The team appears to have the linebackers it needs to change some games this coming season. Posluszny will merit All-Conference recognition -- he was a second-team choice last fall -- and may receive All-America consideration if the Lions continue to excel on defense. Dan Connor also appears to be award-worthy if his fine freshman season was any indication.

Posluszny said Connor was playing outside linebacker at the start of spring practice, with redshirt junior Tim Shaw inside. Shaw started seven games last season at inside linebacker. But by the second half of the season Connor's potential was undeniable, and the coaches reshuffled their depth chart with the true freshman on top.

With Derek Wake's graduation — he's one of only two defensive starters to depart — the Lions must fill a vacancy at one of the outside spots. But even if Connor plays outside this season, the linebacker corps won't require an overhaul.

“The system is such that it's not tough to play inside or outside,” Paterno said. “I don't think it's a big item. We are fortunate that we have some athletes who are not just good athletes but also very bright kids who have very little problem adjusting to one side or the other.”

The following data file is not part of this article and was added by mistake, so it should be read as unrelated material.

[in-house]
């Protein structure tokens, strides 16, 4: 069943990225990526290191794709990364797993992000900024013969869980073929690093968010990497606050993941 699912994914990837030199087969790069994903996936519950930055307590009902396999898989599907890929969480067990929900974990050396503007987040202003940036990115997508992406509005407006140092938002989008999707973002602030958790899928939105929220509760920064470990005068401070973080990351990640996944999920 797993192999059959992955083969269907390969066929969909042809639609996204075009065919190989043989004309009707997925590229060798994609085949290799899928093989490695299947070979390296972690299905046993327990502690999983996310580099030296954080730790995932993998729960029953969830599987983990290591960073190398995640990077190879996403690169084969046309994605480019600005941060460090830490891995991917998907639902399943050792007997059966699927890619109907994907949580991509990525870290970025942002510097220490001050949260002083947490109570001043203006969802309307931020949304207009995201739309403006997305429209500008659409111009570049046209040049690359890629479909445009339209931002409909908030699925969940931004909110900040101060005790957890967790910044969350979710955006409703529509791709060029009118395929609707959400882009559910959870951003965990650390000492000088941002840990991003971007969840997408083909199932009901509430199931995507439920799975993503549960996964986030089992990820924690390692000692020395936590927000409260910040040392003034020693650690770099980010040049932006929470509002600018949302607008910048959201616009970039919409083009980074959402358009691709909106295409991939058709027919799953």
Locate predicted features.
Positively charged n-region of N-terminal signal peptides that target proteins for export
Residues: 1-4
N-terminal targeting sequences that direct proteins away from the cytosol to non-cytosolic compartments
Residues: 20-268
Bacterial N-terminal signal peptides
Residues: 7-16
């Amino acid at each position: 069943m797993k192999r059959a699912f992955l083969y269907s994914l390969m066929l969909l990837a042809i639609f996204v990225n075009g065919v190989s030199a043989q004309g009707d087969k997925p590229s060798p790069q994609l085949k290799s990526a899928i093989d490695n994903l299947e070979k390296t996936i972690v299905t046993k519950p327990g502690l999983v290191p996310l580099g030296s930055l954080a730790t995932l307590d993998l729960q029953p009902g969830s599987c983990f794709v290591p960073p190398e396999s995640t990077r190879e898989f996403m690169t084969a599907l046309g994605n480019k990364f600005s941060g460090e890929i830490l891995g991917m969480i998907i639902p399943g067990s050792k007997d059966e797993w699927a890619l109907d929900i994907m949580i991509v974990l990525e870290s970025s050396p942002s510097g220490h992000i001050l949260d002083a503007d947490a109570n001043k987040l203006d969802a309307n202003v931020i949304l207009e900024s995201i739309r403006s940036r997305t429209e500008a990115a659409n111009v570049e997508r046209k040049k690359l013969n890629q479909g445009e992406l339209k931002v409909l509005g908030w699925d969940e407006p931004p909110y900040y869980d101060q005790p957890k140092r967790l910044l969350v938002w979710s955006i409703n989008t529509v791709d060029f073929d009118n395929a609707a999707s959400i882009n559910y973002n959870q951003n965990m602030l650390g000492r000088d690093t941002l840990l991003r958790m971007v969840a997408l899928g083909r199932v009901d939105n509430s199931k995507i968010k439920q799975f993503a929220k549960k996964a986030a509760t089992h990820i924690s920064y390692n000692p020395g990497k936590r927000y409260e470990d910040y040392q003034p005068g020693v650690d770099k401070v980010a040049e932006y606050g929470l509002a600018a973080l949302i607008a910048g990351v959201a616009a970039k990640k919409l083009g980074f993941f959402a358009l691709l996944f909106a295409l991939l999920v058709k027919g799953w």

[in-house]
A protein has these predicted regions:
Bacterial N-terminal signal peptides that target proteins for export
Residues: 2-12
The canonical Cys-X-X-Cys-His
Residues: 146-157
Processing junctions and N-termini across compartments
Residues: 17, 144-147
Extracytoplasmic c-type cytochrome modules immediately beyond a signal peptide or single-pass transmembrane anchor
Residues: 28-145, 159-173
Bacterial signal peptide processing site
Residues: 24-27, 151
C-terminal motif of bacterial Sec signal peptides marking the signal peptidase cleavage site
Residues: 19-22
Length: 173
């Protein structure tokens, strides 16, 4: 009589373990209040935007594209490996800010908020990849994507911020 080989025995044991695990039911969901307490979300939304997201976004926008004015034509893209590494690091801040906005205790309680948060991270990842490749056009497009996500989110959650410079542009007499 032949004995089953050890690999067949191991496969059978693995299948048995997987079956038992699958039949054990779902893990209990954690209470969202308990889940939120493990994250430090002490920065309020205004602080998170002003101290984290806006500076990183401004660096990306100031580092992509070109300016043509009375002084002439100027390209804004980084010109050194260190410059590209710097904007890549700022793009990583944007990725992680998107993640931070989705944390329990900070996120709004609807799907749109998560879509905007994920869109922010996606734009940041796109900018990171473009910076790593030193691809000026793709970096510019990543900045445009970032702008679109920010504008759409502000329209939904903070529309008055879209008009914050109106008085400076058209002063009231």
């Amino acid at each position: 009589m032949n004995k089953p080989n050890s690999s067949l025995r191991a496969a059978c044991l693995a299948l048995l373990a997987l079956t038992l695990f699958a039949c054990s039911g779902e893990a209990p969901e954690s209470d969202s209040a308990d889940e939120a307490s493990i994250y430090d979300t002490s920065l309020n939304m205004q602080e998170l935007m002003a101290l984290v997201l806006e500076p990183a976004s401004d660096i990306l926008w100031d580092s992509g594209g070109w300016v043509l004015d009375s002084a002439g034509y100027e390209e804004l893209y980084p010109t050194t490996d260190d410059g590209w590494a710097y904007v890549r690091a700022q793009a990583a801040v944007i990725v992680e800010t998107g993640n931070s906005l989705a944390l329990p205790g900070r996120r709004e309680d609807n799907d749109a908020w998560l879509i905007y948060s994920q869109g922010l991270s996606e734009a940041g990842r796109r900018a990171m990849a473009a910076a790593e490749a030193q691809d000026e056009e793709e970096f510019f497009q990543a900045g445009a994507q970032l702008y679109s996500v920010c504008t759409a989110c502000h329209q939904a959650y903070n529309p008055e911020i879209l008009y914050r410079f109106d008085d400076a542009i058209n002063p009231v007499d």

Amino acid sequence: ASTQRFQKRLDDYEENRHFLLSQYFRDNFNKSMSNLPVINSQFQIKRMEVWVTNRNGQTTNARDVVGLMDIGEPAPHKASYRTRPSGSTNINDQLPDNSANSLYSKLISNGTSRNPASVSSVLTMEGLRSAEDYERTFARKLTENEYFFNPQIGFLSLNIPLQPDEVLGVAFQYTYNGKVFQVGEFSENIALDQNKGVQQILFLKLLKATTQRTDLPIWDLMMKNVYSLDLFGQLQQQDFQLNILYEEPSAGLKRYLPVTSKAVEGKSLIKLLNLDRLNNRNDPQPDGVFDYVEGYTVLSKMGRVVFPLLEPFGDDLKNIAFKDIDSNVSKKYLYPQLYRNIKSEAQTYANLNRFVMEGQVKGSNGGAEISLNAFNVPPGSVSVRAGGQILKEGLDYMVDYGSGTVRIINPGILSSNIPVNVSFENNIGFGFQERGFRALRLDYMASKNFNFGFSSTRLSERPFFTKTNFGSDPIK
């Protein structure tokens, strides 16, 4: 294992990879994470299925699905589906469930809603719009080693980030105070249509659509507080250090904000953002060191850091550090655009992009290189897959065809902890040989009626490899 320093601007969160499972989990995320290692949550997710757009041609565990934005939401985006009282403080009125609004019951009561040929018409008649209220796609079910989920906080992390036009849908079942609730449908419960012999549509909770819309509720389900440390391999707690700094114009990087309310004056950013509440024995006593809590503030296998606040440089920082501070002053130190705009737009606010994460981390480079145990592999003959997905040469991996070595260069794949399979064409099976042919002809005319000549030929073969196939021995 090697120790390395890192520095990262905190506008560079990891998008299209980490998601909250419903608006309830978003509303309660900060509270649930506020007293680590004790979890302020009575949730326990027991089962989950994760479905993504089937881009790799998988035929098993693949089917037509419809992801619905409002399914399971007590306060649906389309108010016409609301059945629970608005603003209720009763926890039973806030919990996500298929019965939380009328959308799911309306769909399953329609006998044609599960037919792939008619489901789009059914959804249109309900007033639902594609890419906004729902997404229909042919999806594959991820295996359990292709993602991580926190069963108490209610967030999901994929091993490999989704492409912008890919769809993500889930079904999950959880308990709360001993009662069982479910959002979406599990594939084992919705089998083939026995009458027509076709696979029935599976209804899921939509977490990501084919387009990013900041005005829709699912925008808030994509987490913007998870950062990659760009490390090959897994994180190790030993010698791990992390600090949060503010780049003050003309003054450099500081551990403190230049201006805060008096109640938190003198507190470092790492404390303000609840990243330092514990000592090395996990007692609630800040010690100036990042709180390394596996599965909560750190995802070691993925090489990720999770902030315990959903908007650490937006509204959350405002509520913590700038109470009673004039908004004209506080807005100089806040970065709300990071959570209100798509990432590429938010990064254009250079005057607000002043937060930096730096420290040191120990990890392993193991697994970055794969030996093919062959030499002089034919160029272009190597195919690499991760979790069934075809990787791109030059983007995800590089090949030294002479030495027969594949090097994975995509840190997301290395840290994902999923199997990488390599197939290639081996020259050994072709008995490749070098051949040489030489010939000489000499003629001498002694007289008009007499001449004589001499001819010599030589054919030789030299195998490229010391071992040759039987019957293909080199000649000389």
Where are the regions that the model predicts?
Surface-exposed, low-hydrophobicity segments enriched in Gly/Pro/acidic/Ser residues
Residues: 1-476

The Lions are also developing depth. Posluszny has been impressed with backup Tyrell Sales. He said he expects the redshirt freshman to make an impact on special teams and eventually at linebacker. “He worked really hard through the winter,” Posluszny said. “I think it should really pay off for him. I think you'll definitely see him on the field this fall.”

Posluszny also has gotten a glimpse of the team's high-profile freshmen — cornerback Justin King and receiver Derrick Williams.

King, he said, “is really impressive. He's a great athlete, but more importantly, he has great football instincts. He's made plays already [in practice].”

As for Williams, “he can just flat-out fly. He's a tough kid to cover.”

“They both have a lot of potential,” Posluszny added. “I think they're going to do big things for us this fall. They're probably going to return kicks, return punts. They're definitely going to be on the field.”

Those players weren't a part of last season's disappointment. But if they've spent any time talking with their new teammates, they're surely aware the team's 7-16 record over the past two seasons has created a sense of urgency.

Posluszny hasn't been a part of a winning season at Penn State. As a student of the program's tradition — he switched his jersey number from No. 39 to No. 31 to capture some of the magic of former greats Shane Conlan and Andre Collins — that's a bothersome distinction. The Aliquippa, Pa., native had plenty of time to reflect during Penn State's long off-season. Even with spring practice well underway, the team's recent struggles gnaw at him.

“It's never really gone out of my mind,” Posluszny said. “But I think that's a good thing. It gives us more energy and drive to do well this spring and carry it over into the fall. We don't want to be home again for Christmas. We want to be in Florida or California playing in a bowl game. Sitting at home, it's just not the way Penn State football is supposed to be played.”


Fight On State Top Stories